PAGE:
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Showcase developments that seek to be the biggest, tallest, fill-in-the-blank-iest green buildings may get flak for their aesthetics or be seen simply as "window dressing" for governments and corporations seeking green credibility.

But as long as they're not all a city's doing, prominent, striking eco-friendly structures such as the San Francisco Federal Building or the green roof on Chicago's city hall provide very visible symbols of green intentions and draw attention to the latest technologies.

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Comprehensive Recycling and Composting Programs

Small child standing in front of three large bins labeled: landfill (red), recycling (blue), and compost (yellow).

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Yes, recycling is the classic individual environmental act, but it's not much good without an entity to provide conveniently placed bins and reliable collection.

The greenest city initiatives are going further than gathering cans and bottles, by adding electronics and food waste to the list of items recycled and composted, and by instituting larger-scale programs to recycle water for park and agriculture irrigation.

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Mixed-use and Infill Development

view across the blue water of the harbor of elbphilharmonie Hamburg on the right, a multi-use building completed in 2017, with several brick floors at the lower level and a modern glass tower above, next to new and old buildings in Hamburg's harbor,

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Good planning is key to a green city. While other metropolises sprawl further and further out, Hamburg, Germany has turned an obsolete harbor into a walkable mixed-use neighborhood with office, retail, entertainment, and residential space. Similarly, Atlanta’s Centennial Yards is bringing office, retail, and residential space to the city’s downtown area which already houses a multi-purpose arena and stadium.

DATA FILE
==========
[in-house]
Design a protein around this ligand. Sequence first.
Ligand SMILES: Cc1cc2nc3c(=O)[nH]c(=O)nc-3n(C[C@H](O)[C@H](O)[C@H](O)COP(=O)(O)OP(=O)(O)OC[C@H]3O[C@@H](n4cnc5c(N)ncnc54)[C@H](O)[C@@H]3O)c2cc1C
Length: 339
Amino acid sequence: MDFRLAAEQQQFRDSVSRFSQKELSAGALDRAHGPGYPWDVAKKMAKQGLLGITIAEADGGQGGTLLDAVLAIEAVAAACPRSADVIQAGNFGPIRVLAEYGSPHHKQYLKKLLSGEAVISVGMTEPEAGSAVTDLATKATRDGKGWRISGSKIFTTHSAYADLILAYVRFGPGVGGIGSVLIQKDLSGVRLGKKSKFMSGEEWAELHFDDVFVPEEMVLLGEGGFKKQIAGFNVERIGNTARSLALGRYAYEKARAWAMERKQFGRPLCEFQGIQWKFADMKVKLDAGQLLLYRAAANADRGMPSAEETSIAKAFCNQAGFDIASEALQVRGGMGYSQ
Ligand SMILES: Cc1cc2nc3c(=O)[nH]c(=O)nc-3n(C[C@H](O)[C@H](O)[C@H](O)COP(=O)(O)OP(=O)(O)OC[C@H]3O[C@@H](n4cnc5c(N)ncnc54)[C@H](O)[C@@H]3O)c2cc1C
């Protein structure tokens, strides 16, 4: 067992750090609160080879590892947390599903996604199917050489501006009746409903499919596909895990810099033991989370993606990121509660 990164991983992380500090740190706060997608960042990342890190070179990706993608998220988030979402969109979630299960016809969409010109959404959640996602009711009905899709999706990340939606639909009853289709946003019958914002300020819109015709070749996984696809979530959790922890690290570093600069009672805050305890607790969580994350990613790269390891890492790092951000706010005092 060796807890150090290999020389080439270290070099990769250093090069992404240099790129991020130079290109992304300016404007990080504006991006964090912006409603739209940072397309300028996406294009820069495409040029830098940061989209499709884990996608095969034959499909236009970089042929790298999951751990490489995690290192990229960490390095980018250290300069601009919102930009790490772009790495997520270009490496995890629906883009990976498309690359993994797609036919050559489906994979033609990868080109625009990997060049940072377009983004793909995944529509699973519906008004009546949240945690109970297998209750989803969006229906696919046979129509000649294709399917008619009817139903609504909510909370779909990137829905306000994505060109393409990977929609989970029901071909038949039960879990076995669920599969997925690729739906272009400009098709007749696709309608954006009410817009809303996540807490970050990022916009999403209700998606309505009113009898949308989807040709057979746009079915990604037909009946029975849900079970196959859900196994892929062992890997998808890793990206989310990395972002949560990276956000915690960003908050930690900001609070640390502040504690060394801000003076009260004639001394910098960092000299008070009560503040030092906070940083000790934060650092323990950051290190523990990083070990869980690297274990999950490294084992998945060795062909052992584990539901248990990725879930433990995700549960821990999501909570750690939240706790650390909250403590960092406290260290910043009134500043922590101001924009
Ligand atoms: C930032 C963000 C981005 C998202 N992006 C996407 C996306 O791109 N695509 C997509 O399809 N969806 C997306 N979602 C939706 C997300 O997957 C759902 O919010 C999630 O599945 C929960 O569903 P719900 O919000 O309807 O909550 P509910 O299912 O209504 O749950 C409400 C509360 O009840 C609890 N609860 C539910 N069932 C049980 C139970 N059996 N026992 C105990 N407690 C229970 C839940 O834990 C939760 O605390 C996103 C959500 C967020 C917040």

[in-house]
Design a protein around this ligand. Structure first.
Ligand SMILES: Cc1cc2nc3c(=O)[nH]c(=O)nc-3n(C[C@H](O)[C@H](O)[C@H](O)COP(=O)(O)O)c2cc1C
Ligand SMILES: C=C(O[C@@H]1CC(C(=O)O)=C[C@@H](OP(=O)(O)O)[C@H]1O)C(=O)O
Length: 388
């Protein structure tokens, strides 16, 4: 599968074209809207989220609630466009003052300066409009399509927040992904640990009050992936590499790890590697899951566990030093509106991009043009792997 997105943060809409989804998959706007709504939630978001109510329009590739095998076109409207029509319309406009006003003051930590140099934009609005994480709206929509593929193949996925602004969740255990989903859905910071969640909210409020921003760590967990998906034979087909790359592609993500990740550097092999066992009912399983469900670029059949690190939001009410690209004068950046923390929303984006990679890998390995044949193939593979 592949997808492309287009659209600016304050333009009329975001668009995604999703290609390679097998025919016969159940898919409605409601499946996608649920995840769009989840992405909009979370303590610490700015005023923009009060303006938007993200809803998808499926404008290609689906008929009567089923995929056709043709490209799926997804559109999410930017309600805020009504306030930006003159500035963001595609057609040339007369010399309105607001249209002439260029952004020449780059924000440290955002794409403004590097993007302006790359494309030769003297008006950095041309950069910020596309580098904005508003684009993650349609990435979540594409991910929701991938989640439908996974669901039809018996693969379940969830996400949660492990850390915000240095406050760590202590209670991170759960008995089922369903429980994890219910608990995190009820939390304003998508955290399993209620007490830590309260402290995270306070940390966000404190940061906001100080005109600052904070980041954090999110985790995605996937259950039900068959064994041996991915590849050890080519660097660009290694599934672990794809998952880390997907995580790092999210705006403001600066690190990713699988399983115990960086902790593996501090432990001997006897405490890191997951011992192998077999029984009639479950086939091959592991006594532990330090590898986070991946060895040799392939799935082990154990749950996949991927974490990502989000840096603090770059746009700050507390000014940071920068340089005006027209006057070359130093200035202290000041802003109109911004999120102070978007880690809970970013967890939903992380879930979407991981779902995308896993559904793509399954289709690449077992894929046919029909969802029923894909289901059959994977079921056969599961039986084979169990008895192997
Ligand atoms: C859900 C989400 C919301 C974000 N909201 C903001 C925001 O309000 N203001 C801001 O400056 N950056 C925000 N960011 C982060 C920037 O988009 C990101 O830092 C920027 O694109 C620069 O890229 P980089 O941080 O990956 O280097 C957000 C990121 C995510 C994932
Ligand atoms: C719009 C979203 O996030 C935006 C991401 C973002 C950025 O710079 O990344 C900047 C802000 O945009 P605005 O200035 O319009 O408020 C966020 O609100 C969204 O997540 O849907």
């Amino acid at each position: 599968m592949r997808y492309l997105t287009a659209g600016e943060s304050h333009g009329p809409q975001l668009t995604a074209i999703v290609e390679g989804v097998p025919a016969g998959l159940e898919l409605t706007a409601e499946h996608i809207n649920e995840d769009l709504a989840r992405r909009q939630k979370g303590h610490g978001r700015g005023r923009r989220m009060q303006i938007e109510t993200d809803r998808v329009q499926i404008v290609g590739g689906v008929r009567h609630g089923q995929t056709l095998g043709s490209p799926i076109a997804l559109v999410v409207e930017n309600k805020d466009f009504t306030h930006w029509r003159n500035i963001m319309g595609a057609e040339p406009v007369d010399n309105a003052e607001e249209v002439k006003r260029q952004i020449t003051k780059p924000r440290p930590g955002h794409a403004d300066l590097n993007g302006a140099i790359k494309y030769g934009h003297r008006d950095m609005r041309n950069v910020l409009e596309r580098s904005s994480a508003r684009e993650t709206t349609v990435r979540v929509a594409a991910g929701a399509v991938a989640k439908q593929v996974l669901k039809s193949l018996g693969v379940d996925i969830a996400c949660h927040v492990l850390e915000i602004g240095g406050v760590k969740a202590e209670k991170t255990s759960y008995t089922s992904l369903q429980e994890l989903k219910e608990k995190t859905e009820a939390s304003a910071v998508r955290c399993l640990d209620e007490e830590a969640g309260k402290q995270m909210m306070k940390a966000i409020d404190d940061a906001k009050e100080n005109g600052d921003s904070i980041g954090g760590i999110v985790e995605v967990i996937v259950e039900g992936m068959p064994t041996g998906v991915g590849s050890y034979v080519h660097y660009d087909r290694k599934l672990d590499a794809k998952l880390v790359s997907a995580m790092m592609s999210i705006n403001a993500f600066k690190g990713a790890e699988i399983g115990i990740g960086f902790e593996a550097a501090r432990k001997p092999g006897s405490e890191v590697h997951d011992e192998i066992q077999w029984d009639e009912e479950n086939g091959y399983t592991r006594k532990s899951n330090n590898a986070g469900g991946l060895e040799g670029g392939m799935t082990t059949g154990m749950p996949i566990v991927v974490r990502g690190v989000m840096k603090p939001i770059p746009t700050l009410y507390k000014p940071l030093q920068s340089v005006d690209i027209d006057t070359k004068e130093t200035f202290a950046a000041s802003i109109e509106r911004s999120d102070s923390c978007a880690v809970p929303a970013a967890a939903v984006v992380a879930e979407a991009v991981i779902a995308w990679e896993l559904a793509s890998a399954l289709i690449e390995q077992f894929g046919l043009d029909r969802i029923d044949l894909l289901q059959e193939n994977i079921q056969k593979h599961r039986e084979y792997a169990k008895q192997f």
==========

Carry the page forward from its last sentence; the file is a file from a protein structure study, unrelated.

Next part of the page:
Such projects recycle existing space that's already woven into the urban fabric, making them easy to get to and get around.

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Green Leadership

Low angle view of Capitol building in Washington D.C. against a clear blue sky

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Not every city official is going to be a "knight on a shining bicycle" as London Mayor Boris Johnson has been called. But government officials can be heroes in their own right for promoting wind, solar, and hydroelectric power, requiring solar installations on new and renovated buildings, and revitalizing city parks.

An active citizenry provides leadership from the ground up to prod or encourage politicians to develop great green projects.

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Smart Energy Policies

Twelve solar panels, six large and six small, placed on an angle, and three white wind turbines placed on a grass surface under clear blue sky

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Buying renewable energy and mandating efficiency measures are two ways a city can use its economic clout to help build a market for greener products while lowering its own environmental impact (and, often, operating costs). Norway’s sophisticated trash program allows the city’s waste to be burned and converted to energy to heat the city. 

Over 100 U.S. cities and counties have partnered with the LEED (Leadership in Energy and Environmental Design) for Cities certification program to institute actionable plans to reduce carbon emissions and create sustainable waste, transportation, energy, and water systems.

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Good Green Fun

Variety of colorful fruits and vegetables, including melons, squash, tomatoes, potatoes, and apples, on tables, in boxes, and in bags at a farmer's market

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Going green shouldn't be all work and no play. The best green cities celebrate their eco-friendly lifestyles with farmers' markets full of local tasty treats, bars and restaurants serving the best organic fare, intriguing exhibits by ecologically minded artists, and music festivals that offer bike valet parking and solar-powered stages.